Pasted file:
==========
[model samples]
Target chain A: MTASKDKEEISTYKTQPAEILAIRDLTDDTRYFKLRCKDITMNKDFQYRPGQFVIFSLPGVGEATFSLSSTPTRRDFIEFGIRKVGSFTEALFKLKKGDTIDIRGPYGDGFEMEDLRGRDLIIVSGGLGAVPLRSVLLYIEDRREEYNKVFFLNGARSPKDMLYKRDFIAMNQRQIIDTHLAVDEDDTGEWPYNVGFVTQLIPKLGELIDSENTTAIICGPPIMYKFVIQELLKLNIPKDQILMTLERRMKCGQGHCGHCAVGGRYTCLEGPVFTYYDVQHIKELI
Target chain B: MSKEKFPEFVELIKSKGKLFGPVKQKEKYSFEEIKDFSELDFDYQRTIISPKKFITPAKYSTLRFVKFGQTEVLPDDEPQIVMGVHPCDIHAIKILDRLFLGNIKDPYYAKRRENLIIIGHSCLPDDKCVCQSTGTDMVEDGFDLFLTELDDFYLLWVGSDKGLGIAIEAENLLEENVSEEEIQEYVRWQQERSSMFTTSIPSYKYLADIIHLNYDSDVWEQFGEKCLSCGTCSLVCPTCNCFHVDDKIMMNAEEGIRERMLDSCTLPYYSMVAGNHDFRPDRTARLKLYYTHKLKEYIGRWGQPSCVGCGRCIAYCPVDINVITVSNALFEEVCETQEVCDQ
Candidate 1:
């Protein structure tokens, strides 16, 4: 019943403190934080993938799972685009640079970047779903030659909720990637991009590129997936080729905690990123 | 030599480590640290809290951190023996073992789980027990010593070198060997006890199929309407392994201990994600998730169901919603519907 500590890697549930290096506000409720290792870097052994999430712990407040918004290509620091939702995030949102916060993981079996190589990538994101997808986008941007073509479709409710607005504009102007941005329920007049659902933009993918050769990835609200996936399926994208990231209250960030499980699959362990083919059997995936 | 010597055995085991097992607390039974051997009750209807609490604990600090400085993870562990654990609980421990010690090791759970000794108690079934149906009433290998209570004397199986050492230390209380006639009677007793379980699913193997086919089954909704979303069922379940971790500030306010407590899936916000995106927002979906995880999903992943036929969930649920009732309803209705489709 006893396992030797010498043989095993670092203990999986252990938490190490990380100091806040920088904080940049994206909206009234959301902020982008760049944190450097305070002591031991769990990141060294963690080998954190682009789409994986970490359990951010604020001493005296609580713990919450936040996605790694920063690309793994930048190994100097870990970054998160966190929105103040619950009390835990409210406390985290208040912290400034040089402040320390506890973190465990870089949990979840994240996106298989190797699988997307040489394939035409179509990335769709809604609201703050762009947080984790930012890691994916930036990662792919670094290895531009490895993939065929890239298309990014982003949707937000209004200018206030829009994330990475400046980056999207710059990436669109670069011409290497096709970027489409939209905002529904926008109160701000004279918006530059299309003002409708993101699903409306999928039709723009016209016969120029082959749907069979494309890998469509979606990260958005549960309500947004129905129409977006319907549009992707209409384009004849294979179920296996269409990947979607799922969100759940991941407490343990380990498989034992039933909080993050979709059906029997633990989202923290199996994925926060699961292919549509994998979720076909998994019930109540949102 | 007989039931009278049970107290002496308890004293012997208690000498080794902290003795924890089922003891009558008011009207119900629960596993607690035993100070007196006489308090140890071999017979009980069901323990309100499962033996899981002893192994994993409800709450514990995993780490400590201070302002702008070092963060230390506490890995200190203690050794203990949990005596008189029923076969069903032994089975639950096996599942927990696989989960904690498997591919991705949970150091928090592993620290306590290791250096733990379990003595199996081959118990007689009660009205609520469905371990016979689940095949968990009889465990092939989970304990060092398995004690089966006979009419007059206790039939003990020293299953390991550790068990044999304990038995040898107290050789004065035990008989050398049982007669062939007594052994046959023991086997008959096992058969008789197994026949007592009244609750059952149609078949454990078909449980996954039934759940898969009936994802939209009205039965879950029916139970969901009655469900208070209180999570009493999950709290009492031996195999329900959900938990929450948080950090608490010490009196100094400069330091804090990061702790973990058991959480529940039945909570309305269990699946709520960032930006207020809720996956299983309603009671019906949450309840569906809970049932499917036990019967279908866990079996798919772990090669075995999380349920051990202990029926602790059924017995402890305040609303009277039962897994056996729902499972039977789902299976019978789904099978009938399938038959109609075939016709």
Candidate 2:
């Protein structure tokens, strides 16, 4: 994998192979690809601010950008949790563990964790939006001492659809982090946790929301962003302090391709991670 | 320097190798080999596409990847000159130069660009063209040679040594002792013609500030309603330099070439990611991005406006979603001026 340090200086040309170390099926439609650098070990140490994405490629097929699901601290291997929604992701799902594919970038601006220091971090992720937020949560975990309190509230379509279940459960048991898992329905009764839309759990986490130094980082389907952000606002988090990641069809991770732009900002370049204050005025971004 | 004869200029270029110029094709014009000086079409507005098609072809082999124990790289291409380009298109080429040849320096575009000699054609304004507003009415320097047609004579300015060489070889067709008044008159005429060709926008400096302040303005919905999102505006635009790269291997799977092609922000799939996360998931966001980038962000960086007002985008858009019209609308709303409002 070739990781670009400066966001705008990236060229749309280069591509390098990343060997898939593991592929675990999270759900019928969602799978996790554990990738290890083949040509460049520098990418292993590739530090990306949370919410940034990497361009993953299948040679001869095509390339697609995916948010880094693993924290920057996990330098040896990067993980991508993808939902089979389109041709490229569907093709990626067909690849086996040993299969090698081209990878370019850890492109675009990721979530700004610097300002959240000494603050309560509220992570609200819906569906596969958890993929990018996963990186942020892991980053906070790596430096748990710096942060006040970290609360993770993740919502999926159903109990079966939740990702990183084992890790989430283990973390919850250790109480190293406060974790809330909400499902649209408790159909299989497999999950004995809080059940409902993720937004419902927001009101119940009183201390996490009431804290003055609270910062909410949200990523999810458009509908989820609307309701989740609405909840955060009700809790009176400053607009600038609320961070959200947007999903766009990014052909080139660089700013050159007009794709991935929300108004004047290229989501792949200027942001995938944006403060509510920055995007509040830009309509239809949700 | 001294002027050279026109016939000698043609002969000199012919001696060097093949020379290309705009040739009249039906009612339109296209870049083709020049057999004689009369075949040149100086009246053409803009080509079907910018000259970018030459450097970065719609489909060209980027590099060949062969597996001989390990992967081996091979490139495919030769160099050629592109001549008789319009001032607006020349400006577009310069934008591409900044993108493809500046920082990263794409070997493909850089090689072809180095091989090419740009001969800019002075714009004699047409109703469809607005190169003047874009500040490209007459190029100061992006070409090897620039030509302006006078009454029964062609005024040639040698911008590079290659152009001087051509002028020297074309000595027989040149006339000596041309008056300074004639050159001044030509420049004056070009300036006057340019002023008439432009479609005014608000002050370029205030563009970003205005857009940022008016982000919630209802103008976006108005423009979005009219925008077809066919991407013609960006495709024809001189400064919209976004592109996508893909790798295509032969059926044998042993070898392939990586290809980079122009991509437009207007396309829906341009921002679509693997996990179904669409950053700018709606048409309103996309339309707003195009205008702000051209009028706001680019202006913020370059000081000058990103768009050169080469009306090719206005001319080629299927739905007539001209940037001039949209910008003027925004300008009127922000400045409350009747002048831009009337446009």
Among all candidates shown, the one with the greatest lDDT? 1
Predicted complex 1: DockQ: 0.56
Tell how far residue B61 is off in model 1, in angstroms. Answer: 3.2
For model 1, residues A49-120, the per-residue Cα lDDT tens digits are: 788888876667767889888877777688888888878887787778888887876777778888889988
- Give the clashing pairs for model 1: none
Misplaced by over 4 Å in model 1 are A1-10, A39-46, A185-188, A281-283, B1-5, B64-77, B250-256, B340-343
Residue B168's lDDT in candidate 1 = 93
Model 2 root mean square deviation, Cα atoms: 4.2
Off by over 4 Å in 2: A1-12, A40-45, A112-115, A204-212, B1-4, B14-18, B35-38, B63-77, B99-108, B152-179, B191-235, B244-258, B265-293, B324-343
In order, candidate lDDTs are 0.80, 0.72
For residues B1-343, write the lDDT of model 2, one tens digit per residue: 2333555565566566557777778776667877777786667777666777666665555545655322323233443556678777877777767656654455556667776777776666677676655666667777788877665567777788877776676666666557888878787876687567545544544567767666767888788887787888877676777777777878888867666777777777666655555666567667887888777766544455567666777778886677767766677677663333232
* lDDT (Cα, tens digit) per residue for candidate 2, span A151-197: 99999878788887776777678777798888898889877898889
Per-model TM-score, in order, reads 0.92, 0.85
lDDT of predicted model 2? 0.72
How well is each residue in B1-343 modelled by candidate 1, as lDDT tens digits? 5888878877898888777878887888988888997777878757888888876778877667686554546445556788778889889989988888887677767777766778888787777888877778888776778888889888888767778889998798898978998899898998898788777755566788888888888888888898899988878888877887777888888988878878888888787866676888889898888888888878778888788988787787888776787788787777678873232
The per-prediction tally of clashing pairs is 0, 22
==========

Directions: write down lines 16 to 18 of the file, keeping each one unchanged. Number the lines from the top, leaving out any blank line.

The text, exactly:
Off by over 4 Å in 2: A1-12, A40-45, A112-115, A204-212, B1-4, B14-18, B35-38, B63-77, B99-108, B152-179, B191-235, B244-258, B265-293, B324-343
In order, candidate lDDTs are 0.80, 0.72
For residues B1-343, write the lDDT of model 2, one tens digit per residue: 2333555565566566557777778776667877777786667777666777666665555545655322323233443556678777877777767656654455556667776777776666677676655666667777788877665567777788877776676666666557888878787876687567545544544567767666767888788887787888877676777777777878888867666777777777666655555666567667887888777766544455567666777778886677767766677677663333232